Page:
How honest a parent should be with their children when it comes to money is a judgment call every mother and father makes. Honesty about money apparently doesn’t come easily to most parents: In a March survey by T. Rowe Price, 75 percent of 795 parents surveyed admitted they’re apprehensive about talking to their kids about financial topics.
If you’re wondering how honest you should be with your kids about money, here’s some advice from financial and parenting experts.
Details come with age. “It’s never too early to start teaching kids about money. Just be sure to use terms they can understand,” says Stuart Ritter, senior financial planner and vice president of T. Rowe Price Investment Services. “Start with concepts like saving and spending for young kids.”
As your kids age, Ritter says, you can transition to more complicated topics. But he advocates honesty from the get-go. “Your child’s age should not affect how honest you are – rather it should affect the depth of information that you share,” he says.
You can be pretty detailed. Not everyone agrees that you should divulge your annual salary, but Vicki Hoefle, a parenting coach in Middlebury, Vt., who raised five kids, says you can do so guilt-free.
When her children were around 9 or 10 years old, she didn’t just tell them how much money she and her husband made – she showed them the nitty-gritty details of the annual budget and solicited their advice on how the family should spend the money left over after bills and other expenses. “The quicker your kids get their hands on real numbers, the better equipped they are to understand how money really works,” says Hoefle, who is also the author of “Duct Tape Parenting.”
The decision to divulge how much your car cost depends on whether you think your child can be discrete, says Joseph Nacca, a father of two and vice president of Sage Rutty & Company, a wealth advisory firm in Rochester, N.Y. After all, it doesn’t take much imagination to picture your 14-year-old posting this information on Facebook.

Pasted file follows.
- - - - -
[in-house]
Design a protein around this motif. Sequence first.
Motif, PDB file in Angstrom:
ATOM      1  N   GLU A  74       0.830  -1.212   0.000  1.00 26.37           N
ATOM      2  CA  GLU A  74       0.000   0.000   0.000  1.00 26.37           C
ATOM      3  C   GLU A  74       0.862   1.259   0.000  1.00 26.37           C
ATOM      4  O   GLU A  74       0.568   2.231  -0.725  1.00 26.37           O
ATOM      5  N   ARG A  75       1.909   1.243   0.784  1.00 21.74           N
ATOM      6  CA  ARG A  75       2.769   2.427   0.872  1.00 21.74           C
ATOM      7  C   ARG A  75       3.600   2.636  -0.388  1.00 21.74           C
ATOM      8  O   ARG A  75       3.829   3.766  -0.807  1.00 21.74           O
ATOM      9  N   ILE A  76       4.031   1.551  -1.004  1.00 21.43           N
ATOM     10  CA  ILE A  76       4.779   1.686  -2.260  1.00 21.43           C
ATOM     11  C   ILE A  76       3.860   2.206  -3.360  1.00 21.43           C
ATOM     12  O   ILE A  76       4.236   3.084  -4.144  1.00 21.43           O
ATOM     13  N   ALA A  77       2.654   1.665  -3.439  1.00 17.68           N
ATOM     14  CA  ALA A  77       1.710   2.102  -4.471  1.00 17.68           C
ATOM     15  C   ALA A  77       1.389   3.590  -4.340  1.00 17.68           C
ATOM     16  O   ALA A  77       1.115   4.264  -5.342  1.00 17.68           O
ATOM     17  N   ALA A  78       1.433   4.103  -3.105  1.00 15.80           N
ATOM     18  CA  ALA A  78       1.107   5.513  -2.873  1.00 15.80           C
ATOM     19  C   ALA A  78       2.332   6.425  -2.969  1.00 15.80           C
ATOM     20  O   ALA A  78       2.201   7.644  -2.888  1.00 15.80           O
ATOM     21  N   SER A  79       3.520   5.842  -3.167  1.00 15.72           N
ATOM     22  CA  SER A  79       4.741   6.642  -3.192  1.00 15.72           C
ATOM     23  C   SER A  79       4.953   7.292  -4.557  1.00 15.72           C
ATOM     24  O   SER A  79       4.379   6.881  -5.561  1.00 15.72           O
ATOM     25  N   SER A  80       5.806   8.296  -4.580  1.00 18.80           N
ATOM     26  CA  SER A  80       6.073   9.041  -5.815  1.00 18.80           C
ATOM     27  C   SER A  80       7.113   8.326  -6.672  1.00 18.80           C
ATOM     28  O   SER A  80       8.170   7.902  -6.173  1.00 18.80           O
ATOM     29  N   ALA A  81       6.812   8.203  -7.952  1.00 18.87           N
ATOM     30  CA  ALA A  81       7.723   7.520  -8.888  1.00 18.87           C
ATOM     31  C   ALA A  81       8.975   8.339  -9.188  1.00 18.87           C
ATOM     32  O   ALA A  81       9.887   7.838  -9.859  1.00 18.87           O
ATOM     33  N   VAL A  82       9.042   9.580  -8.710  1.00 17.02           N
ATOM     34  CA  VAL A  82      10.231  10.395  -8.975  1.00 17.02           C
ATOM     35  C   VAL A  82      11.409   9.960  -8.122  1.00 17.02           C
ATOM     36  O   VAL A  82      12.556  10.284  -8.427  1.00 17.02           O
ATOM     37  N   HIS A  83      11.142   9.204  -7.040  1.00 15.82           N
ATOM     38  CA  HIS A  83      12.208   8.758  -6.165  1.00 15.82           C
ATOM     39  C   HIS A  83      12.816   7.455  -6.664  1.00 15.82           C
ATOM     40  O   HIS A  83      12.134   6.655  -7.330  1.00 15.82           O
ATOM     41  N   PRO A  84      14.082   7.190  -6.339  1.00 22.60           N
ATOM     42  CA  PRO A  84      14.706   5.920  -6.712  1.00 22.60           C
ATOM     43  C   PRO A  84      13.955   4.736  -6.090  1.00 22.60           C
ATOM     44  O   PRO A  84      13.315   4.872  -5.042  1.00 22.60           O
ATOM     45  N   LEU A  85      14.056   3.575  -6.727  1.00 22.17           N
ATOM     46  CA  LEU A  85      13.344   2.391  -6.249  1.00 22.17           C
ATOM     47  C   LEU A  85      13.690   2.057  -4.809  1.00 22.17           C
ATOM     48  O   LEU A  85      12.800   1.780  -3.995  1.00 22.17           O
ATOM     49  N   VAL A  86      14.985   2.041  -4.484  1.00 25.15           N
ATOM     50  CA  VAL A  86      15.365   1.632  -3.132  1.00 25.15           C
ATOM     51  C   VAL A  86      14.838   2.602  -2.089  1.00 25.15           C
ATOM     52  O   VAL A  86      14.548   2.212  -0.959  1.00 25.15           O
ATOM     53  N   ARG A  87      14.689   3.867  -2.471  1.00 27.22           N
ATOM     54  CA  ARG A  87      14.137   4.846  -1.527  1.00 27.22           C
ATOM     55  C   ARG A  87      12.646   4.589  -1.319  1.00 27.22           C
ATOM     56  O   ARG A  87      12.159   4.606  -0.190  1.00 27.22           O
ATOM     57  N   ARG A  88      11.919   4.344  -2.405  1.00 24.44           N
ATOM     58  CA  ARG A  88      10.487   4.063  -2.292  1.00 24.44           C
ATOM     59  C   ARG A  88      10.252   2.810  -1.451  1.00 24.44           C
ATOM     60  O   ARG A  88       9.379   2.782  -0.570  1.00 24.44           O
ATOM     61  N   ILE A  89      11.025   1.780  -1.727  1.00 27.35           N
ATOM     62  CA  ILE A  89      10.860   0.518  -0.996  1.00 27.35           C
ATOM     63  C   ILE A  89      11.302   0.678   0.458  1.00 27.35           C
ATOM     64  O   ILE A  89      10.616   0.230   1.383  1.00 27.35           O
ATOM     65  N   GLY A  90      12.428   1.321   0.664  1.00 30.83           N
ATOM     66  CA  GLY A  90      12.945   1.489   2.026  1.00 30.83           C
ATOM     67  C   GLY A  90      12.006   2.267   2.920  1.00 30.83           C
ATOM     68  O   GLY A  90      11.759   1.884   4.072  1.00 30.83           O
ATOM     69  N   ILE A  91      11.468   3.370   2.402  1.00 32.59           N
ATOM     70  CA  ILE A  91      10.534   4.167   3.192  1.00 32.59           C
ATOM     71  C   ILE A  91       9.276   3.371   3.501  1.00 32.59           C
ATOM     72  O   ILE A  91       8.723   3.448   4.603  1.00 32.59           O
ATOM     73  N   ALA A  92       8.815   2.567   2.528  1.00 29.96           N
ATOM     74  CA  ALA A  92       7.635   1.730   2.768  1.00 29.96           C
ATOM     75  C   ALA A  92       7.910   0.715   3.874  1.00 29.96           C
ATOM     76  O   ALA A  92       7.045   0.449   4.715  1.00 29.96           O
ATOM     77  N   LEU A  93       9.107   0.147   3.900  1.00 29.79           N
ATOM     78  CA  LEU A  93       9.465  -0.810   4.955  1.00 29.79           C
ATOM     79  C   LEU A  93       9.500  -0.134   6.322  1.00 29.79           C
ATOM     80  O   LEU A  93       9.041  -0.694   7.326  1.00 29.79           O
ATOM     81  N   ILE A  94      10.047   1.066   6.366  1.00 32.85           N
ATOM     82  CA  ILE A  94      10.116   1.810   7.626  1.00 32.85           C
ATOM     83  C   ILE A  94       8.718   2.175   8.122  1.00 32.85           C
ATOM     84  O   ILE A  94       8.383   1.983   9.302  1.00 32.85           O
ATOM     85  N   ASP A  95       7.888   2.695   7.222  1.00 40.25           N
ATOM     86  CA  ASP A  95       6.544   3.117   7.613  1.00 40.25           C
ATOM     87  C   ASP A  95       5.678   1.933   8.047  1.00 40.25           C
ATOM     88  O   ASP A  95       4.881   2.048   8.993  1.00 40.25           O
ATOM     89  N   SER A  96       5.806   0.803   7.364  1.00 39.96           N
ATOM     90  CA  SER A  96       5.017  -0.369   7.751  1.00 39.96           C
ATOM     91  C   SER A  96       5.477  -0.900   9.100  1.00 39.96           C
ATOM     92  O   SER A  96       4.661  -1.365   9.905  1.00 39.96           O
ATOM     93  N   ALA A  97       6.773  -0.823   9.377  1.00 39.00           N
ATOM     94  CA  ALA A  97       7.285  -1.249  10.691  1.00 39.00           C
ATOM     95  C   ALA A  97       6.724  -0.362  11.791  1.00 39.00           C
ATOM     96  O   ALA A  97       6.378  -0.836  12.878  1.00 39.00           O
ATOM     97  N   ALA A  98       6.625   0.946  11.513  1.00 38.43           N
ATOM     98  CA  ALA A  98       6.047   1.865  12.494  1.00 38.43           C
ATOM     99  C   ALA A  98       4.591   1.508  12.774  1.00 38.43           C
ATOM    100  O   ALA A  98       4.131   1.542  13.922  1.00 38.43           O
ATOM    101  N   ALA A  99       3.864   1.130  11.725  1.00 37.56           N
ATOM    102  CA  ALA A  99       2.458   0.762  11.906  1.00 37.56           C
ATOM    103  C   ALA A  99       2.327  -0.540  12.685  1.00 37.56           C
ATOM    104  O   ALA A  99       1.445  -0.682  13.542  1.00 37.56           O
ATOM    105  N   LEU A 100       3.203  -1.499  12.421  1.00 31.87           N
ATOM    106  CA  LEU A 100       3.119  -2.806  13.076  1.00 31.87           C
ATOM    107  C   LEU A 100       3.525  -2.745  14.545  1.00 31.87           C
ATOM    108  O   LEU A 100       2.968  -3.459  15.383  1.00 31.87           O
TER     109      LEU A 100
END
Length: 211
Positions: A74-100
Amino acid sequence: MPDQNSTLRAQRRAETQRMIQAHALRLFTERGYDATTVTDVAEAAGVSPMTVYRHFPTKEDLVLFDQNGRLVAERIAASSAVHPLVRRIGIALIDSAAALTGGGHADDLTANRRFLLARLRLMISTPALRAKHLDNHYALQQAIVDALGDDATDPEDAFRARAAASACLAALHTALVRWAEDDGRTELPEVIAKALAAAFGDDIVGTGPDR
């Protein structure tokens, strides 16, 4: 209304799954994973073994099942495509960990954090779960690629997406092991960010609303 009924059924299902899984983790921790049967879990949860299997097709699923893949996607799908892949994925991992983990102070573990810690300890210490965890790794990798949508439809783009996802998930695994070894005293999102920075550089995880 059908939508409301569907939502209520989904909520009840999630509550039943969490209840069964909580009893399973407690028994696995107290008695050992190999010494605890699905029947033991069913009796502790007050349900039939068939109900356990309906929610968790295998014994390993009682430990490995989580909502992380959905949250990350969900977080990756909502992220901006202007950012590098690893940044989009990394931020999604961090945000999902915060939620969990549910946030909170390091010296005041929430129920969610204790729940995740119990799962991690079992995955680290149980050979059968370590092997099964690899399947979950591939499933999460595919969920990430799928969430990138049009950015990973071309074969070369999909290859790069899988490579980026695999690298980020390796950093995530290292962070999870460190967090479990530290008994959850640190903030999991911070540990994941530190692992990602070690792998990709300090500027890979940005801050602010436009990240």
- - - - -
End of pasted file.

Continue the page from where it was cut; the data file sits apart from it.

But if you do trust your child to stay mum, Nacca says sharing the price of your car is “an opportunity … You can walk the child through the decision-making process.”
Be honest about your past financial transgressions. Just as a parent who sampled marijuana or alcohol as a youth might wonder if he or she should be honest about that when talking to a child about the dangers of drugs and alcohol, some parents wrestle with how transparent they should be about their financial past.
If you went bankrupt or racked up a large amount of credit card debt, should you share these mistakes with your children to teach them not to make the same ones?
Once again, Hoefle thinks the honesty approach is a smart one. However, she is quick to point out that it’s a personal decision – parents shouldn’t bring up past financial problems if they aren’t comfortable discussing them.
“I think it’s such a rich opportunity to talk to your kids about how you got into financial trouble,” Hoefle says. “If you can tell them how you lived beyond your means, and the real fear of waking up and realizing you can’t afford to do anything, and your friends want to go out [while] you can’t – that’s the story that helps kids put things like credit cards and debt into perspective. They realize that it sounds like it’s really easy to get into trouble – and really hard to get out of it.”
What about current financial troubles? It depends on the situation and age of the child, of course. But as Ritter, a father of three, points out, “Your kids will know if you have financial problems – even the young ones can pick up on stress.”
Also keep in mind that “in the absence of information, your kids will most likely try and fill in the blanks themselves, potentially assuming the worst,” Ritter says.
Should you just let a kid be a kid? After all, when a child becomes an adult, there will be plenty of time to worry about paying bills and managing money. A parent may wonder why he or she should trouble a child with talk about rising gas prices and mortgage payments.
Be careful about that way of thinking, Hoefle says. “Adults make the assumption that children only want to play with plastic toys. What we know about kids is that they have an internal drive that makes them want to be independent and self-sufficient, and that includes understanding how money works,” she says.
Parents can go overboard with sharing financial details, of course. If your money woes are extreme and each day you’re dumping new, unpleasant information on your 11-year-old, you may want to rethink your honesty policy. But never telling your child anything about money can create trouble later.
“[Parents] think they’re protecting the ones they love by sheltering them from tough choices,” says Nacca, who is clearly sympathetic. But he adds: “I’ve seen this kind of protective behavior backfire.”
After all, that 11-year-old may grow up to be a 41-year-old with an oversized mortgage and a slew of maxed-out credit cards. Occasionally interrupting an idyllic childhood with some financial honesty may give your kid a much happier adulthood.